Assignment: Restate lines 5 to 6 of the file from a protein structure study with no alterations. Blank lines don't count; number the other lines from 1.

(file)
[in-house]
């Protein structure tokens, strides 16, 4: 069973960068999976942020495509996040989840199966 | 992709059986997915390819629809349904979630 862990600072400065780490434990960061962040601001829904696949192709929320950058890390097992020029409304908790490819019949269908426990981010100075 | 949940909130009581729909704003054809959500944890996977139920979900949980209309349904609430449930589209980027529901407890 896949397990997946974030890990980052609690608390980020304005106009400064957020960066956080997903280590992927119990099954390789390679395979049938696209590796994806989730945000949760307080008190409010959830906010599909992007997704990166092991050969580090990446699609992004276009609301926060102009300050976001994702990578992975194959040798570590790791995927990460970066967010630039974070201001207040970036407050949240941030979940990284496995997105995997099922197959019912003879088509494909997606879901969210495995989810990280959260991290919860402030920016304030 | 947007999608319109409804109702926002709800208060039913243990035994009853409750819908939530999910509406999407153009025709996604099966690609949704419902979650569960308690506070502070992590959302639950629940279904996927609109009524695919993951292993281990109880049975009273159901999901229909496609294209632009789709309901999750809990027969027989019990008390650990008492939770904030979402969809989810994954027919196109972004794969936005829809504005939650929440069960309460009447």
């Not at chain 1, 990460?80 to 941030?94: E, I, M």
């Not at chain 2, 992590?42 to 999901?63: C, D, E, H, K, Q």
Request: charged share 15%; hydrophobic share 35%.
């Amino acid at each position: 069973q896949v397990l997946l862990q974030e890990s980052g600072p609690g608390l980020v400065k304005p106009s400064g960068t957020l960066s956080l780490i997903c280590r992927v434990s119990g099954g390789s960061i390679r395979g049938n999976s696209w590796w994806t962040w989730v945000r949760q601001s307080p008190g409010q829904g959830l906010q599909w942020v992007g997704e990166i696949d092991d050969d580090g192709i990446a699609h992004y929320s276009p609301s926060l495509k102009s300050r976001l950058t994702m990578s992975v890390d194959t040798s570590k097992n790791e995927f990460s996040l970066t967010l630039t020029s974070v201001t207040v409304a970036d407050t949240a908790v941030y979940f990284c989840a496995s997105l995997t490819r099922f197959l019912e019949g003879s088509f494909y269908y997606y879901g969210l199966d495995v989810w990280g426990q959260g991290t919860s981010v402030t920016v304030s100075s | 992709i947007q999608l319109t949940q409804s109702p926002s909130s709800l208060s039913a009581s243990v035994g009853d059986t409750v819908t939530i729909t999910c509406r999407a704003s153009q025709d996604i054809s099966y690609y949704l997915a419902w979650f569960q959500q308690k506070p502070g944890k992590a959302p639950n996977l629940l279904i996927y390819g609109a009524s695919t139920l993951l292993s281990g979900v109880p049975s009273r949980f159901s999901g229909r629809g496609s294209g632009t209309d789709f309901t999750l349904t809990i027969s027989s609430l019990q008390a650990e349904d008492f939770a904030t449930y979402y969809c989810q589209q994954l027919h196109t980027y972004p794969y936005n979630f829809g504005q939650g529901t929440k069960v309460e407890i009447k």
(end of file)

Request: charged share 15%; hydrophobic share 35%.
């Amino acid at each position: 069973q896949v397990l997946l862990q974030e890990s980052g600072p609690g608390l980020v400065k304005p106009s400064g960068t957020l960066s956080l780490i997903c280590r992927v434990s119990g099954g390789s960061i390679r395979g049938n999976s696209w590796w994806t962040w989730v945000r949760q601001s307080p008190g409010q829904g959830l906010q599909w942020v992007g997704e990166i696949d092991d050969d580090g192709i990446a699609h992004y929320s276009p609301s926060l495509k102009s300050r976001l950058t994702m990578s992975v890390d194959t040798s570590k097992n790791e995927f990460s996040l970066t967010l630039t020029s974070v201001t207040v409304a970036d407050t949240a908790v941030y979940f990284c989840a496995s997105l995997t490819r099922f197959l019912e019949g003879s088509f494909y269908y997606y879901g969210l199966d495995v989810w990280g426990q959260g991290t919860s981010v402030t920016v304030s100075s | 992709i947007q999608l319109t949940q409804s109702p926002s909130s709800l208060s039913a009581s243990v035994g009853d059986t409750v819908t939530i729909t999910c509406r999407a704003s153009q025709d996604i054809s099966y690609y949704l997915a419902w979650f569960q959500q308690k506070p502070g944890k992590a959302p639950n996977l629940l279904i996927y390819g609109a009524s695919t139920l993951l292993s281990g979900v109880p049975s009273r949980f159901s999901g229909r629809g496609s294209g632009t209309d789709f309901t999750l349904t809990i027969s027989s609430l019990q008390a650990e349904d008492f939770a904030t449930y979402y969809c989810q589209q994954l027919h196109t980027y972004p794969y936005n979630f829809g504005q939650g529901t929440k069960v309460e407890i009447k």